Morning light on the breakfast table...
heaped with nan sticks (as our kids called the cracker swirly stuff), grapes (of course!) and store bought cookies (a specialty brought in from the city for the festival last month), dried fruit and nuts, honey and homemade jam, spicy chips and candy.   How about that!?
This morning, I left the kids and Matt behind trimming grape branches in the vineyard and I walked through the village again...
... And I met some of the dearest kids...  This sweetheart is just one week older than Marian.  She shared her birthday candle with us, the prize of her day. 
Our hosts know every person in this village and are most likely related to them all 200ish of them within a few generations...
mama to the baby above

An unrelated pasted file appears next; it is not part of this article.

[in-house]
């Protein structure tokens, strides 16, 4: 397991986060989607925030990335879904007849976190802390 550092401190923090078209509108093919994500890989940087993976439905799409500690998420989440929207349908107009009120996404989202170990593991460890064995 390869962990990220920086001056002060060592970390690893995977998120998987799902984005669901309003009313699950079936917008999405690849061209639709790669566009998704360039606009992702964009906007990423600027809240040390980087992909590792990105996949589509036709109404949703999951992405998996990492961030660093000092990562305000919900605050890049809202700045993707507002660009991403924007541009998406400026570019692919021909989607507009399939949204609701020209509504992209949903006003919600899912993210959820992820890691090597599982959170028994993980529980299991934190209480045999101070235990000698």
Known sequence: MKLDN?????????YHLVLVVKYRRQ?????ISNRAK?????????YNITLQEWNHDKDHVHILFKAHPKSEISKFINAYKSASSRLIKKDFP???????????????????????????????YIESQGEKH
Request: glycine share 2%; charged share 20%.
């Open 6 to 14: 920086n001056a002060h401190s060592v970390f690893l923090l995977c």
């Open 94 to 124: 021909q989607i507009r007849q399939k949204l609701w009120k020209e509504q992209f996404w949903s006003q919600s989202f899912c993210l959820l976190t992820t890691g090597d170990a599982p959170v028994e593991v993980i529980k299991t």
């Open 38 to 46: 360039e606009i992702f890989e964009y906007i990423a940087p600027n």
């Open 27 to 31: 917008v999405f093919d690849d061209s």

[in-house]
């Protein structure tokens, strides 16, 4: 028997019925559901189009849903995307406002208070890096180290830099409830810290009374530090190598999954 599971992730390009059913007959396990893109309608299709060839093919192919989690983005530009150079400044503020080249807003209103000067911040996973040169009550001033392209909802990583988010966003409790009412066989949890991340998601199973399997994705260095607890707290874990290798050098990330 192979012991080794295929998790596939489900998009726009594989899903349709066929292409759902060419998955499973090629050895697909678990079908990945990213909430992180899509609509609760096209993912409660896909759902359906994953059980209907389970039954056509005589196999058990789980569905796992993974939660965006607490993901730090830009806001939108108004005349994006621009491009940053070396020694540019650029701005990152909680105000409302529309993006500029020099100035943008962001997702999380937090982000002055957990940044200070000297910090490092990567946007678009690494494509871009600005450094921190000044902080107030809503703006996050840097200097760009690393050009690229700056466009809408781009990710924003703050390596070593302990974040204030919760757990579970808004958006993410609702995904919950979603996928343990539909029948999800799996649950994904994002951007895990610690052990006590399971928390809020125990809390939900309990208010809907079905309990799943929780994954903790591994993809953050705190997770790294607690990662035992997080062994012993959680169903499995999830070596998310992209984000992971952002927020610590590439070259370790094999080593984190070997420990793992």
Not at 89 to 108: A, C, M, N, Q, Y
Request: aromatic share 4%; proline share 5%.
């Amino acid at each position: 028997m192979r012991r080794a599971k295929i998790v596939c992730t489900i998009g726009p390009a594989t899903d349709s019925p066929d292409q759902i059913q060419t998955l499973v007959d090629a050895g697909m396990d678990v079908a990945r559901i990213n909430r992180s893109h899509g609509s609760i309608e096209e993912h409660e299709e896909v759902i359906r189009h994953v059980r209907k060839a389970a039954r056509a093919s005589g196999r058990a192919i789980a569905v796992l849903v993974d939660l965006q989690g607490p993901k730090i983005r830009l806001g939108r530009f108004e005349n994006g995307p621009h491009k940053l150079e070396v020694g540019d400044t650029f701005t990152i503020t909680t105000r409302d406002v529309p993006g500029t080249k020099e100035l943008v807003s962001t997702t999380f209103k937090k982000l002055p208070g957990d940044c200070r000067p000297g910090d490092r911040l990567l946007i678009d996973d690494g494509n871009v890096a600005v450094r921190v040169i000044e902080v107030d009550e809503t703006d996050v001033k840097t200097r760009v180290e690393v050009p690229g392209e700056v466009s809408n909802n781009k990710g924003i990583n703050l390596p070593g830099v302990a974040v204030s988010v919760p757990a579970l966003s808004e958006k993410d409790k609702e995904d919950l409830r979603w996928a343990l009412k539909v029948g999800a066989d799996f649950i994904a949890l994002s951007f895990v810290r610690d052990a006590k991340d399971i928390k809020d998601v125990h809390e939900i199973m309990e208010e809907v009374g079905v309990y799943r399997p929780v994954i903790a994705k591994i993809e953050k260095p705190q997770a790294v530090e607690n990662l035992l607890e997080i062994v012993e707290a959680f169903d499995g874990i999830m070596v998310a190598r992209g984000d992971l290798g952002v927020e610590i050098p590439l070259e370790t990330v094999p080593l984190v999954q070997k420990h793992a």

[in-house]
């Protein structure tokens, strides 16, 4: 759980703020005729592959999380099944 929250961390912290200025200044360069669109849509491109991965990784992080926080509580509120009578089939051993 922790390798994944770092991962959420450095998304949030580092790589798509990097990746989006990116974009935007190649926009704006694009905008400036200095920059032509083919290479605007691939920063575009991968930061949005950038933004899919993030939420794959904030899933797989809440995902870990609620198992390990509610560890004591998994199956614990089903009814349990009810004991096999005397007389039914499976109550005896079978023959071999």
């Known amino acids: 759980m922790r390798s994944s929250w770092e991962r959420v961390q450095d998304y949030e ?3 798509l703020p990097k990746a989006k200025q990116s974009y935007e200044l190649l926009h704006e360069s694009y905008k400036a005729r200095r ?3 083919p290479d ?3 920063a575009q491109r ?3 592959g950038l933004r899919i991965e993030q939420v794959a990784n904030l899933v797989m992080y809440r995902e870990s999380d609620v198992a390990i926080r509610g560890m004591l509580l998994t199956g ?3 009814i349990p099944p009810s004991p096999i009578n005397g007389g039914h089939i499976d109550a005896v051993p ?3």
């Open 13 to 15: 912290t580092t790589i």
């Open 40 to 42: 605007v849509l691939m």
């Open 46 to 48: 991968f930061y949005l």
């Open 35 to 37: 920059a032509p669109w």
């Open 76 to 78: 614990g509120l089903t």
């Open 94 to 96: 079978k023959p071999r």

Who needs air conditioning when you can lay your mat right over the water for cooling?  It amazed Matt and I how public these beds were.   Many beds were placed right alongside the road where cars would drive by all hours...

But if roadside doesn't suit you, I guess this is where you can put your bed if you don't want headlights in your faces or horns blaring, swerving close...  
The village had paths wide enough for a small mianbaoche (a very petite truck) to fit but the paths most comfortably fit walkers or small three wheeled motorbike-trucks.  

a traditional bread oven

I continually felt amazed at how very large these middle rooms were inside these homes...  tall ceilings and open walls for air flow and private rooms attached all around.  

And if you think this driver looks young, on the way back after unloading these grapes, the girl in pink who is holding the little baby drove (while the big girl read from her cell phone!)